I spent the summer of 1995 plotting and planning and re-acquainting myself with Phil Vinall who had produced the first two Auteurs albums, and who was now stewing over my working with Steve Albini. I allowed Phil to drone on about how crap the forthcoming After Murder Park was until he got it out of his system. Scabs picked at – we then proceeded to get drunk a lot, and procure as many fucked up old synths as we could afford. The new/(old) instruments would become a big part of the new record, as would my capacity for ‘pot.’ In short, by 1995 I was a committed stoner. The only time I would not smoke dope was when I was in the studio. I was probably a lot of fun to be around.

Dope was smoked. Songs were written. My head fizzed with the new funk vision. My day time gig of course was leading a somewhat disaffected white boy guitar band. But – by night – for these new recordings I was George Clinton producing a malevolent KC and the Sunshine band all jacked up on militant Last Poets bongo rhyme. In my mind at least. This Baader Meinhof album was the new direction for dance music. I was taking the funk and I was breaking the fucken funk. Dance music for the brain, movies for the ear.

I have on occasion been asked if I would release the BM album now – and I would consider recording a sequel album? The answer to both questions is ‘No’ – and for the same reason; I have little or no interest in the RAF/Baader Meinhof Gang these days. That said, I feel this elpee is one of my better attempts in the world of unpopular song.

A few loose ends. The name of the album is I suppose ‘Baader Meinhof’ though I’m non-commital on that one. The name of the group/artist is not Baader Meinhof – there is no group or artist and it is most certainly not a solo album. For the benefit of record shops file under ‘B’

Luke Haines – December 2013

The remaining Auteurs albums will be released by 3 Loop later in 2014.

The track listing of the albums are as follows:

New Wave

Disc 1

Original album

1. Showgirl

2. Bailed Out

3. American Guitars

4. Junk Shop Clothes

5. Don’t Trust The Stars

6. Starstruck

7. How I Could Be Wrong

8. Housebreaker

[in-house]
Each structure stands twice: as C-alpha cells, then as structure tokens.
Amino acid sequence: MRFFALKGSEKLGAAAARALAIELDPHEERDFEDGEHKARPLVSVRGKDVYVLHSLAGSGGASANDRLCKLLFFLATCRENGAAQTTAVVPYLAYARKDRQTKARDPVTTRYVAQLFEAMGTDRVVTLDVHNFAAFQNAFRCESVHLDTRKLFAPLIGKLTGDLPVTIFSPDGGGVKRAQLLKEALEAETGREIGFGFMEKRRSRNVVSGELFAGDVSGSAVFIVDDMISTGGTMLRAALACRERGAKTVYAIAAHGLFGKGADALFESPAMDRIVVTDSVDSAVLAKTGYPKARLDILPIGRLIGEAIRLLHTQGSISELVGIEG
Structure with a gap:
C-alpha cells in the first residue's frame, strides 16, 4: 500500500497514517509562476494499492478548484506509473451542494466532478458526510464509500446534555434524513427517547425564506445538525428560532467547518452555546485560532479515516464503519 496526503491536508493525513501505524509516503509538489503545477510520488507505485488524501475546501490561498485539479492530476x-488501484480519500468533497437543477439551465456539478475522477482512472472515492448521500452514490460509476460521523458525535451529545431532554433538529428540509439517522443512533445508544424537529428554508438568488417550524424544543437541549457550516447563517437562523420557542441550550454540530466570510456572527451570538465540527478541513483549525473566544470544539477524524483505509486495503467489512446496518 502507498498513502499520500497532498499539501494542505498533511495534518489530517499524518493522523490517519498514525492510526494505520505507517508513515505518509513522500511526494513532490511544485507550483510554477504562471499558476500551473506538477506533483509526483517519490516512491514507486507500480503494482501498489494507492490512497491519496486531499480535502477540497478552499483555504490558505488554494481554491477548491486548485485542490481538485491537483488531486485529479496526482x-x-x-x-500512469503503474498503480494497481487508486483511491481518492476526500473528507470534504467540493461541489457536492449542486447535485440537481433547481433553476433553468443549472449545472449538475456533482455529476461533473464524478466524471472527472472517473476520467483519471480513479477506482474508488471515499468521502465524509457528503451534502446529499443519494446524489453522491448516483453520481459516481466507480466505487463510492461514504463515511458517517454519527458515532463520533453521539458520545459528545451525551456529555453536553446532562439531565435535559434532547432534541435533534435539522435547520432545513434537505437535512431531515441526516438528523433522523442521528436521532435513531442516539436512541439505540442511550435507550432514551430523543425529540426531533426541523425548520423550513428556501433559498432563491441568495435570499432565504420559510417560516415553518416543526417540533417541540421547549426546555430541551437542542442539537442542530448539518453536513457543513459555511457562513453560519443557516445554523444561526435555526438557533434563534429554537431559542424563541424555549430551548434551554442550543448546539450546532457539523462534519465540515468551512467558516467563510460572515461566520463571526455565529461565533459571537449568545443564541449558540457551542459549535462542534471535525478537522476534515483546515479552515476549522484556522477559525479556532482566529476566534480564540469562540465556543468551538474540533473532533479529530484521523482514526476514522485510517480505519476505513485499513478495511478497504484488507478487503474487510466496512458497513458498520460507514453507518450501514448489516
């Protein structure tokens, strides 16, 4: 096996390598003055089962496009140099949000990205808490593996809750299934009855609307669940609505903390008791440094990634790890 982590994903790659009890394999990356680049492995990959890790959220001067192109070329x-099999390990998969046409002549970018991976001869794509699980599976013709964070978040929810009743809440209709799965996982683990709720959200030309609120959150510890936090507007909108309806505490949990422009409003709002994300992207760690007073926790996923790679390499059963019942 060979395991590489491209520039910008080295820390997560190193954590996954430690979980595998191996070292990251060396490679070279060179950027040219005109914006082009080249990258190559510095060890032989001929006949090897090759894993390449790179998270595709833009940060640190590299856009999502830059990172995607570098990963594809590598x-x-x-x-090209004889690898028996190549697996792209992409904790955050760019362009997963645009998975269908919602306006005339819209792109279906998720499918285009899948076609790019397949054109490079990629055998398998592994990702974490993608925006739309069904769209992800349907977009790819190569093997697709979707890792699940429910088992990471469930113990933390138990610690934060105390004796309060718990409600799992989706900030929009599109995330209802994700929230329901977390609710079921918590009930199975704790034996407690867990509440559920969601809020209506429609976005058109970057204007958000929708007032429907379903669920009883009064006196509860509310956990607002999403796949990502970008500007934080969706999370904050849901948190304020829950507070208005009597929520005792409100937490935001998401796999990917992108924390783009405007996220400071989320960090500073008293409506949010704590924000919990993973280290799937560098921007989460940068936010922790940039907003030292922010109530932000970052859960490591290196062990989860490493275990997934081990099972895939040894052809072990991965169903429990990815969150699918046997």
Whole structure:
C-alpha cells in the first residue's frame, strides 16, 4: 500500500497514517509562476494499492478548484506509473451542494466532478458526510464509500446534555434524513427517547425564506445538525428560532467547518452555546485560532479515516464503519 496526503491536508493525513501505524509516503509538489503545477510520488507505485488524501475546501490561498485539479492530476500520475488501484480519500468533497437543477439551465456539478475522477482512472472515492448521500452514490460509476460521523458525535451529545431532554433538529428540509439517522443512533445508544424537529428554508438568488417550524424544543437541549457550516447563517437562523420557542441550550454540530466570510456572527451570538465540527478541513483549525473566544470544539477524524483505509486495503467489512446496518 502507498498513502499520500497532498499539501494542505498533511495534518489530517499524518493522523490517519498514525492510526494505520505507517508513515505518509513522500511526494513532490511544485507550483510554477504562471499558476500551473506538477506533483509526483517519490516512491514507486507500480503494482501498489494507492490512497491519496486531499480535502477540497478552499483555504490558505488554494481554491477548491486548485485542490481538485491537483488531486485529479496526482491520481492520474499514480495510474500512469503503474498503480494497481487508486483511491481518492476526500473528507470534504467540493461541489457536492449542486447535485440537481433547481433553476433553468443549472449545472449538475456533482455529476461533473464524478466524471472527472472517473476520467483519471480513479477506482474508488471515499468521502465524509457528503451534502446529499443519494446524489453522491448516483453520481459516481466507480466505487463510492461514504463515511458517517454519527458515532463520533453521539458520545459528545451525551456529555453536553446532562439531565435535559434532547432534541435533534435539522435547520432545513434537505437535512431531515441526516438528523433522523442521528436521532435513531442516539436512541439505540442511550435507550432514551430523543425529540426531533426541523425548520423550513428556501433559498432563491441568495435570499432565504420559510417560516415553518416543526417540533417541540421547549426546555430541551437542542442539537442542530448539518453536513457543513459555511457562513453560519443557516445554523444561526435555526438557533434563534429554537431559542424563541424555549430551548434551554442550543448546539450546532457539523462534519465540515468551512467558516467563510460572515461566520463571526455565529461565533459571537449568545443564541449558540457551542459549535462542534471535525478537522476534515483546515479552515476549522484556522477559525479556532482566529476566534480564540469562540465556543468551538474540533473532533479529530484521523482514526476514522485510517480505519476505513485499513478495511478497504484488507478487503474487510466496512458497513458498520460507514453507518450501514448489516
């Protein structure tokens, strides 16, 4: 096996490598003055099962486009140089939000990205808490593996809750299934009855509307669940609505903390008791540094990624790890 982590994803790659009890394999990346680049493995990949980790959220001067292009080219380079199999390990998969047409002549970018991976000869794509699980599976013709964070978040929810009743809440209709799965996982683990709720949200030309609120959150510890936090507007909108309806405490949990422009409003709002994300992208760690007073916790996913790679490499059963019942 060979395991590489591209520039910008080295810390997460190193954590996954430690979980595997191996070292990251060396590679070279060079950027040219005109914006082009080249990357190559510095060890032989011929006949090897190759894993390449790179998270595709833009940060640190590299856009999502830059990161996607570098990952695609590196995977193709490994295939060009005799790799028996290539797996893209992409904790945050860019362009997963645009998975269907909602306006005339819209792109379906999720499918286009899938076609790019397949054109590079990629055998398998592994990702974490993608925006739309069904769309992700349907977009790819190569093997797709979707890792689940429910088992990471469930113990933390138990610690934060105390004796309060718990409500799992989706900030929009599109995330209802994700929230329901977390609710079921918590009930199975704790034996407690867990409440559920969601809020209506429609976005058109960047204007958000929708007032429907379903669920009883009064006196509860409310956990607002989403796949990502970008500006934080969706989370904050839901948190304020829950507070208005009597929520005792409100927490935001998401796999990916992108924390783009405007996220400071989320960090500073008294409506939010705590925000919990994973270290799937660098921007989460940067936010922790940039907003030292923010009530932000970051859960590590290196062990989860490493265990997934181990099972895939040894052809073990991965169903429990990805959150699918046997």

9. Valet Parking

10. Idiot Brother

11. Early Years

12. Home Again

Bonus material

13. Subculture (They Can’t Find Him) (LP bonus 7” / hidden track on CD)

14. She Might Take A Train (LP bonus 7”)

15. Glad To Be Gone (Showgirl B-side)

16. Staying Power (Showgirl B-side)

17. Wedding Day (How I Could Be Wrong B-side)

18. High Diving Horses (How I Could Be Wrong B-side)

Disc 2

1. Housebreaker (Rough Trade Singles Club 7”)

2. Valet Parking (Rough Trade Singles Club 7”)

3. Housebreaker – acoustic (Live Acoustic EP)

4. Junk Shop Clothes – acoustic (Live Acoustic EP)

5. Starstruck – acoustic (Live Acoustic EP)

6. Home Again – acoustic (Live Acoustic EP)

7. Junk Shop Clothes (BBC Radio Session)

8. New French Junkshop (BBC Radio Session)

9. Government Bookstore (BBC Radio Session)

10. How Could I be Wrong (BBC Radio Session)

11. Bailed Out (4-track demo) *

12. American Guitars (4-track demo) *

13. Showgirl (4-track demo) *

14. Glad To Be Gone (4-track demo) *

15. Starstruck (4-track demo) *

16. Early Years (4-track demo) *

Baader Meinhof

1. Baader Meinhof

2. Meet Me At The Airport

3. There’s Gonna Be An Accident

4. Mogadishu

5. Theme From Burn, Warehouse, Burn

6. GSG-29

7. …It’s A Moral issue

8. Back On The Farm

9. Kill Ramirez

10. Baader Meinhof

Bonus material

11. I’ve Been A Fool For You (LP bonus 7”)

12. God Is War (Dalai Llama mix by Luke Haines) *

13. Baader Meinhof (Confrontation mix) *

14. There’s Gonna be An Accident (Fuse mix) *

15. There’s Gonna Be An Accident (Muziq mix) *

* previously unreleased

3 Loop Music is a new catalogue-focussed music company partnering directly with artists to re-engage fans through the marketing of under-utilised repertoire and provision of premium and exclusive content.

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Award winning journalist and boss of Louder Than War. In a 30 year music writing career, John was the first to write about bands such as Stone Roses and Nirvana and has several best selling music books to his name. He constantly tours the world with Goldblade and the Membranes playing gigs or doing spoken word and speaking at music conferences.